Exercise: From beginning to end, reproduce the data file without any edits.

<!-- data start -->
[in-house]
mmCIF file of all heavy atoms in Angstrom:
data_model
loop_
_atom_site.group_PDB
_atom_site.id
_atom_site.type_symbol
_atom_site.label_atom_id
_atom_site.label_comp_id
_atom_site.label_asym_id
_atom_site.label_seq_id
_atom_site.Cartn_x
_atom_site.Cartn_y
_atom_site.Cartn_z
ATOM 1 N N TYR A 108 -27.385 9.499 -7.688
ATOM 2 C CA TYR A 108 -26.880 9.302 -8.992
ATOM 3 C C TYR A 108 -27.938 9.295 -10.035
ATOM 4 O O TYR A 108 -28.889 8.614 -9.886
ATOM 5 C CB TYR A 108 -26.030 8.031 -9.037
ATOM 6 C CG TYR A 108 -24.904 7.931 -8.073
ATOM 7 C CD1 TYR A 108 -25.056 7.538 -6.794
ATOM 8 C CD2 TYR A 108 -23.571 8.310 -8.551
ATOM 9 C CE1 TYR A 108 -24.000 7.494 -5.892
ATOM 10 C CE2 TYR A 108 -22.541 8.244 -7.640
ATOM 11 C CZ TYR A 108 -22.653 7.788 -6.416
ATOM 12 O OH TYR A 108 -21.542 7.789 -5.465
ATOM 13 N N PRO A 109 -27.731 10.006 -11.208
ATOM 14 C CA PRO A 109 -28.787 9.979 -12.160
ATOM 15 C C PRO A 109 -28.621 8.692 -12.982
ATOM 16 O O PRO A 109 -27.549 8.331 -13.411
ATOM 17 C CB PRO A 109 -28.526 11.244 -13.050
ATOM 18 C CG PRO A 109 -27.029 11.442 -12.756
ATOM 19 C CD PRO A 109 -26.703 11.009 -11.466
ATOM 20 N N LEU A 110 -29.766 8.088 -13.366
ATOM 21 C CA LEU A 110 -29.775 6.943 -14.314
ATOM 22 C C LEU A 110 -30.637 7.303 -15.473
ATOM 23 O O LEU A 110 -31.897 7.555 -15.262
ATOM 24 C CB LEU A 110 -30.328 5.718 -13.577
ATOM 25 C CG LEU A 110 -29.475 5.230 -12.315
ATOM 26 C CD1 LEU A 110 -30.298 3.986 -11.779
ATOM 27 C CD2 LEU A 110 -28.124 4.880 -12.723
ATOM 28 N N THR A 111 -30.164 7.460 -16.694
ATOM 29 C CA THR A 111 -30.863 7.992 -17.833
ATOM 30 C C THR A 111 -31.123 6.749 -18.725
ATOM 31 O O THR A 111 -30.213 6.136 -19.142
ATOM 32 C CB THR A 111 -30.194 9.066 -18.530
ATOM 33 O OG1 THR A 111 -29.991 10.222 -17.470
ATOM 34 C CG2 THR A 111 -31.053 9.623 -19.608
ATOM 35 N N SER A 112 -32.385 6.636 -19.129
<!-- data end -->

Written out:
[in-house]
mmCIF file of all heavy atoms in Angstrom:
data_model
loop_
_atom_site.group_PDB
_atom_site.id
_atom_site.type_symbol
_atom_site.label_atom_id
_atom_site.label_comp_id
_atom_site.label_asym_id
_atom_site.label_seq_id
_atom_site.Cartn_x
_atom_site.Cartn_y
_atom_site.Cartn_z
ATOM 1 N N TYR A 108 -27.385 9.499 -7.688
ATOM 2 C CA TYR A 108 -26.880 9.302 -8.992
ATOM 3 C C TYR A 108 -27.938 9.295 -10.035
ATOM 4 O O TYR A 108 -28.889 8.614 -9.886
ATOM 5 C CB TYR A 108 -26.030 8.031 -9.037
ATOM 6 C CG TYR A 108 -24.904 7.931 -8.073
ATOM 7 C CD1 TYR A 108 -25.056 7.538 -6.794
ATOM 8 C CD2 TYR A 108 -23.571 8.310 -8.551
ATOM 9 C CE1 TYR A 108 -24.000 7.494 -5.892
ATOM 10 C CE2 TYR A 108 -22.541 8.244 -7.640
ATOM 11 C CZ TYR A 108 -22.653 7.788 -6.416
ATOM 12 O OH TYR A 108 -21.542 7.789 -5.465
ATOM 13 N N PRO A 109 -27.731 10.006 -11.208
ATOM 14 C CA PRO A 109 -28.787 9.979 -12.160
ATOM 15 C C PRO A 109 -28.621 8.692 -12.982
ATOM 16 O O PRO A 109 -27.549 8.331 -13.411
ATOM 17 C CB PRO A 109 -28.526 11.244 -13.050
ATOM 18 C CG PRO A 109 -27.029 11.442 -12.756
ATOM 19 C CD PRO A 109 -26.703 11.009 -11.466
ATOM 20 N N LEU A 110 -29.766 8.088 -13.366
ATOM 21 C CA LEU A 110 -29.775 6.943 -14.314
ATOM 22 C C LEU A 110 -30.637 7.303 -15.473
ATOM 23 O O LEU A 110 -31.897 7.555 -15.262
ATOM 24 C CB LEU A 110 -30.328 5.718 -13.577
ATOM 25 C CG LEU A 110 -29.475 5.230 -12.315
ATOM 26 C CD1 LEU A 110 -30.298 3.986 -11.779
ATOM 27 C CD2 LEU A 110 -28.124 4.880 -12.723
ATOM 28 N N THR A 111 -30.164 7.460 -16.694
ATOM 29 C CA THR A 111 -30.863 7.992 -17.833
ATOM 30 C C THR A 111 -31.123 6.749 -18.725
ATOM 31 O O THR A 111 -30.213 6.136 -19.142
ATOM 32 C CB THR A 111 -30.194 9.066 -18.530
ATOM 33 O OG1 THR A 111 -29.991 10.222 -17.470
ATOM 34 C CG2 THR A 111 -31.053 9.623 -19.608
ATOM 35 N N SER A 112 -32.385 6.636 -19.129